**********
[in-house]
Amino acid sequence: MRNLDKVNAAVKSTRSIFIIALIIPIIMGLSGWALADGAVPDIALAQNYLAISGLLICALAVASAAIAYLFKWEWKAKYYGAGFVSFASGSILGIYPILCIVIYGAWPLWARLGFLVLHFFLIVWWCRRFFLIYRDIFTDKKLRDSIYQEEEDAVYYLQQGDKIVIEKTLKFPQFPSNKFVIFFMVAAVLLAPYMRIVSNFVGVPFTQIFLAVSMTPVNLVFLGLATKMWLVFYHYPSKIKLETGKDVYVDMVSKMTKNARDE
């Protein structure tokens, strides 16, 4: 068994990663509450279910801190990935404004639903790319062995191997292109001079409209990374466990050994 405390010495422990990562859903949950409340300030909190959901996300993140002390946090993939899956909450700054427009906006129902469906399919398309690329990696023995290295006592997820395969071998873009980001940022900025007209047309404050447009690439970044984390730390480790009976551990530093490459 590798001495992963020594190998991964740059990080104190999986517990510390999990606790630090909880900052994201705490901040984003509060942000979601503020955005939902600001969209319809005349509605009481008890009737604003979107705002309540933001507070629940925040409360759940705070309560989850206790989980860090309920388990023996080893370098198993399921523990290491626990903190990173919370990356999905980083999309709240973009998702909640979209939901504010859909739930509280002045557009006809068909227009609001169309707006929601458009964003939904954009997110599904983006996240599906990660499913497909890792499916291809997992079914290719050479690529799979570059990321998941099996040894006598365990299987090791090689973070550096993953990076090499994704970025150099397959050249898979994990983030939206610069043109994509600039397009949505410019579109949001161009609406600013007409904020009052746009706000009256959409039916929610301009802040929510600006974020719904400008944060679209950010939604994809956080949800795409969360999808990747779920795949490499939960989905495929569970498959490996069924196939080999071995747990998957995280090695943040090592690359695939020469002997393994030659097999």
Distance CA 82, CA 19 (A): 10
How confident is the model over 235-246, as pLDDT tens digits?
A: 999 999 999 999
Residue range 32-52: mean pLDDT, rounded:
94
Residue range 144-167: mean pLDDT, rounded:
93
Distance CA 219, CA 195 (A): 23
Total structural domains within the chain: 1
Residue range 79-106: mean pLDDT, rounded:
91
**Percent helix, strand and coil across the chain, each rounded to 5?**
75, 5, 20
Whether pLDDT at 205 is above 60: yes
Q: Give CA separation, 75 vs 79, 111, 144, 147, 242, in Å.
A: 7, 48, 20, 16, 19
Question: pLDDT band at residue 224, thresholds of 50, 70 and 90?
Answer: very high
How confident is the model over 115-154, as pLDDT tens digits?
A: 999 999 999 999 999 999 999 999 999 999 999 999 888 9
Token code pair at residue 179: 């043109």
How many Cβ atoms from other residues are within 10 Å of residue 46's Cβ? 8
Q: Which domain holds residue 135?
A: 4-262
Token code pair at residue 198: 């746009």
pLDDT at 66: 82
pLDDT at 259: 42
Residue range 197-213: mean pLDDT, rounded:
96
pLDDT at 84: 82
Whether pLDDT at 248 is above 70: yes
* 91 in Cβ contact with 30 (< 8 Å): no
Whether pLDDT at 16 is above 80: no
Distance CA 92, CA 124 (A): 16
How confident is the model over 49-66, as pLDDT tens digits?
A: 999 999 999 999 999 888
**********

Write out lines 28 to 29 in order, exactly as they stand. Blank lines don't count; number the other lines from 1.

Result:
Token code pair at residue 198: 């746009």
pLDDT at 66: 82